• 10.  The British government tried to raise new revenue from the American colonies through a series of fiscal reforms and new taxes including a number of new commercial regulations, including the Stamp Act of 1765 and other taxes and duties. In response to these actions, the colonists organized boycotts of British goods, staged violent protests, and attacked British officials.
  • 11.  Relations between the American colonists and the British authorities were further exacerbated by the killing of five civilians in the “Boston Massacre” (1770) Also the British government in granting the East India Company a monopoly on the import of tea to the colonies. When colonists in Boston responded to the monopoly by dumping tea into Boston harbor, the British closed the port of Boston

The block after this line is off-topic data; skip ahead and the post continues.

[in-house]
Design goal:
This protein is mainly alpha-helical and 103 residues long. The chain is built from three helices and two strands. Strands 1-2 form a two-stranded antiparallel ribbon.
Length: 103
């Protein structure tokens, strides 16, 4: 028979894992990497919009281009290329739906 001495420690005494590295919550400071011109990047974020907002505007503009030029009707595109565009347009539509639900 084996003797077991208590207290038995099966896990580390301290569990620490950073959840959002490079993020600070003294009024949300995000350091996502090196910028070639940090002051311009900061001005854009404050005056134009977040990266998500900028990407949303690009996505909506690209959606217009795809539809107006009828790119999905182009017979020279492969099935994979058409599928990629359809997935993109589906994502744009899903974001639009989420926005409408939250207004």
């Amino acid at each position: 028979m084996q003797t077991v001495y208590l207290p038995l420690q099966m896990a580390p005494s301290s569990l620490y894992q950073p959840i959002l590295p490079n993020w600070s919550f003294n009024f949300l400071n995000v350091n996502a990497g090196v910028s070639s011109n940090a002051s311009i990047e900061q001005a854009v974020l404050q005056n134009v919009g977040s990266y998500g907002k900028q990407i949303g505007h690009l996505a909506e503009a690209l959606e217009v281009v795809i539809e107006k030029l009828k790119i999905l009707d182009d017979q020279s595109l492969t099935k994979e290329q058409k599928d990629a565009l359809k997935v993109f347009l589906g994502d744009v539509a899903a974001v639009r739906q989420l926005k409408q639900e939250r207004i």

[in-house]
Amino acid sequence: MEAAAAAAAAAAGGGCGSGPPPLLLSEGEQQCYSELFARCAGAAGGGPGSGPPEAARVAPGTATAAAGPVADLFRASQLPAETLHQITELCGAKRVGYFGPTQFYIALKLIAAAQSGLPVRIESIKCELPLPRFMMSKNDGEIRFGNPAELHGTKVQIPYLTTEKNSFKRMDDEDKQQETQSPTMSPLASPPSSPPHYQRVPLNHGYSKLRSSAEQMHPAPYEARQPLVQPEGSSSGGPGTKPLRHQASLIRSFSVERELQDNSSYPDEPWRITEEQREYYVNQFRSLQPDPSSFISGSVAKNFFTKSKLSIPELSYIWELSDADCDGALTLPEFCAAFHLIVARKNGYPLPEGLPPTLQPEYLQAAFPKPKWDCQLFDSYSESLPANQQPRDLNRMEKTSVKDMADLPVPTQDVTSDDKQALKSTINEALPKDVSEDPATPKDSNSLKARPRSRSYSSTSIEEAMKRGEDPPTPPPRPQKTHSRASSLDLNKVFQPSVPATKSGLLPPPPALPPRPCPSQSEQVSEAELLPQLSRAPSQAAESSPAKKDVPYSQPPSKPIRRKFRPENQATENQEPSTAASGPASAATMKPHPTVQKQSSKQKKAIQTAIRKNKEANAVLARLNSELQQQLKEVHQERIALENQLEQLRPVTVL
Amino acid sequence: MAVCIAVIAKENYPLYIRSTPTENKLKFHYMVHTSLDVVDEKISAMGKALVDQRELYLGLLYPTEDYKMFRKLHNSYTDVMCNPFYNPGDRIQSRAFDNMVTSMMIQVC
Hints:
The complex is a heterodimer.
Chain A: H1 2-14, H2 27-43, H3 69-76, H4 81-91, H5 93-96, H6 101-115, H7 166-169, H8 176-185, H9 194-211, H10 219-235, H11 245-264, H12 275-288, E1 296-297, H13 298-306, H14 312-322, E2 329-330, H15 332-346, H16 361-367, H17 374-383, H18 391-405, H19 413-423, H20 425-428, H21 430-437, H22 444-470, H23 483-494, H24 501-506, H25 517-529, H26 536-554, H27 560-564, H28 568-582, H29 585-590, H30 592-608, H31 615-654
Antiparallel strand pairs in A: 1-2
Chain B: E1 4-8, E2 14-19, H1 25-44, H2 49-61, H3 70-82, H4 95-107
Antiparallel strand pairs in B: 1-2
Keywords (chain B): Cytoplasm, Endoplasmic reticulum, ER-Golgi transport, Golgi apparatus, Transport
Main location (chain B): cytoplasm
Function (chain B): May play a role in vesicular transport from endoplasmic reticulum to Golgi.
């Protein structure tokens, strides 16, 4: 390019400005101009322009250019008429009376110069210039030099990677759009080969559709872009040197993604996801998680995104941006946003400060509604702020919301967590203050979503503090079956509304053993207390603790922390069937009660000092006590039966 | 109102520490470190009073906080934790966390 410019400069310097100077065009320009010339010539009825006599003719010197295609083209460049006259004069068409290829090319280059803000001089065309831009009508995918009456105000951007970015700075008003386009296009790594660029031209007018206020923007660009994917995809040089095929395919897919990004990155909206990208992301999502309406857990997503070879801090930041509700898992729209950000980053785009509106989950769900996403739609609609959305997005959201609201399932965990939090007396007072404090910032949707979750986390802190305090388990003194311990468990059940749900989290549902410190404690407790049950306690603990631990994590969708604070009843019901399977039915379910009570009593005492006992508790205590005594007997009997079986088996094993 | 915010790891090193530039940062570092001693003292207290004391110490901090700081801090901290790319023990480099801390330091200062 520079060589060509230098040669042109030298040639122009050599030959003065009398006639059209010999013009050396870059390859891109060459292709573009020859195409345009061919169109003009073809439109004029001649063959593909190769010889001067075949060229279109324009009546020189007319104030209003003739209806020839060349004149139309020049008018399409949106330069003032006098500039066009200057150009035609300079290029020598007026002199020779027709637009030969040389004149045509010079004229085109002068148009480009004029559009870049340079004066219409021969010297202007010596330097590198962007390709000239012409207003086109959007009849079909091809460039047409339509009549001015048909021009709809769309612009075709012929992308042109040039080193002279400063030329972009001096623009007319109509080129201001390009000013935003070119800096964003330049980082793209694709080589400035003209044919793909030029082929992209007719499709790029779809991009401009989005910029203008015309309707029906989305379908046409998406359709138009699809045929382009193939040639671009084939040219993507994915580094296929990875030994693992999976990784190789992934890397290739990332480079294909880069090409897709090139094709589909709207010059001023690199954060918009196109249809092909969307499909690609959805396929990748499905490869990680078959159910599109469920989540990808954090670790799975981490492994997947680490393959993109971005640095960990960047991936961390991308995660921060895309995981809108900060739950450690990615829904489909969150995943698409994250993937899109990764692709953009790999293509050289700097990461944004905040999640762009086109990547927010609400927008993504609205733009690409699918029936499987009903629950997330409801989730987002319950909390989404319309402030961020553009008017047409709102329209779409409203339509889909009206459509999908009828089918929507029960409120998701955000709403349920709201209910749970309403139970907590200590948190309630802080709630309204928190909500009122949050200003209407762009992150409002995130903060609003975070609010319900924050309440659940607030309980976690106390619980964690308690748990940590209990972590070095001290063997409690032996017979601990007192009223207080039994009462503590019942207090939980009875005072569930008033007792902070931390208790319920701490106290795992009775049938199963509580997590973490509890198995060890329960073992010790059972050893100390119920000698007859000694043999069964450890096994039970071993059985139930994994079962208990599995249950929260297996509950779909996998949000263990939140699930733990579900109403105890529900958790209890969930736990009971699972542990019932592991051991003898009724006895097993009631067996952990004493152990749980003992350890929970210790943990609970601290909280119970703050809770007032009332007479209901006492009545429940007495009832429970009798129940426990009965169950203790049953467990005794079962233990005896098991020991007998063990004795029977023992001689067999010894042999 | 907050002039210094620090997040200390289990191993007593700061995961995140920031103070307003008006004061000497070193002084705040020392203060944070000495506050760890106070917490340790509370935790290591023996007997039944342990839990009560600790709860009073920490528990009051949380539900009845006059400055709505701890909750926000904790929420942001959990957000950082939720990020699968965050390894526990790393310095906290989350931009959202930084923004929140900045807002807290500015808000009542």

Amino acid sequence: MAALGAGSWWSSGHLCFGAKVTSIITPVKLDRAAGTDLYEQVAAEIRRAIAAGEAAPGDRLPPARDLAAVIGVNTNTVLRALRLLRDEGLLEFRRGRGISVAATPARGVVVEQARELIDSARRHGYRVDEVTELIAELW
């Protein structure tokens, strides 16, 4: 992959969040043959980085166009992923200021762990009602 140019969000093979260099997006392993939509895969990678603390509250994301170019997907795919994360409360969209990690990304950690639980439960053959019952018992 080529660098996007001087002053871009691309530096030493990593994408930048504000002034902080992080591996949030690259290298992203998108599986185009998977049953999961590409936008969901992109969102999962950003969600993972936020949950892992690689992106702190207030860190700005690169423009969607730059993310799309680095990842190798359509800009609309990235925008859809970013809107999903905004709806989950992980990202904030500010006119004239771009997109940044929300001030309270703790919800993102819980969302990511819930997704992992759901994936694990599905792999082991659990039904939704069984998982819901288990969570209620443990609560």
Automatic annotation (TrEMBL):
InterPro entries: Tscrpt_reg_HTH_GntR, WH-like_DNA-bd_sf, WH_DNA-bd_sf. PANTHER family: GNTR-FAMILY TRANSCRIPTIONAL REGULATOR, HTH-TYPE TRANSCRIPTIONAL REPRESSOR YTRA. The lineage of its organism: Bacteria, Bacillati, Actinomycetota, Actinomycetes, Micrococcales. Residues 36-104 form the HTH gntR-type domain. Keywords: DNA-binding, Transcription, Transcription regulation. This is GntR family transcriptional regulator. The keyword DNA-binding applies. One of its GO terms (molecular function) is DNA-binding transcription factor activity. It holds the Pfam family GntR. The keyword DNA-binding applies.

• 12. The Course of Revolution, 1775– 1783 Colonial governing bodies deposed British governors and established a Continental Congress that printed currency and organized an army. Ideological support for independence was given by the rhetoric of thousands of street-corner speakers, by Thomas Paine’s pamphlet Common Sense, and in the Declaration of Independence
  • 13.  The British sent a military force to pacify the colonies. The British force won most of its battles, but it was unable to control the countryside. The British were also unable to achieve a compromise political solution to the problems of the colonies
  • 14.  Amerindians served as allies to both sides. The Mohawk leader Joseph Brant led one of the most effective Amerindian forces in support of the British When the war was over, he and his followers fled to Canada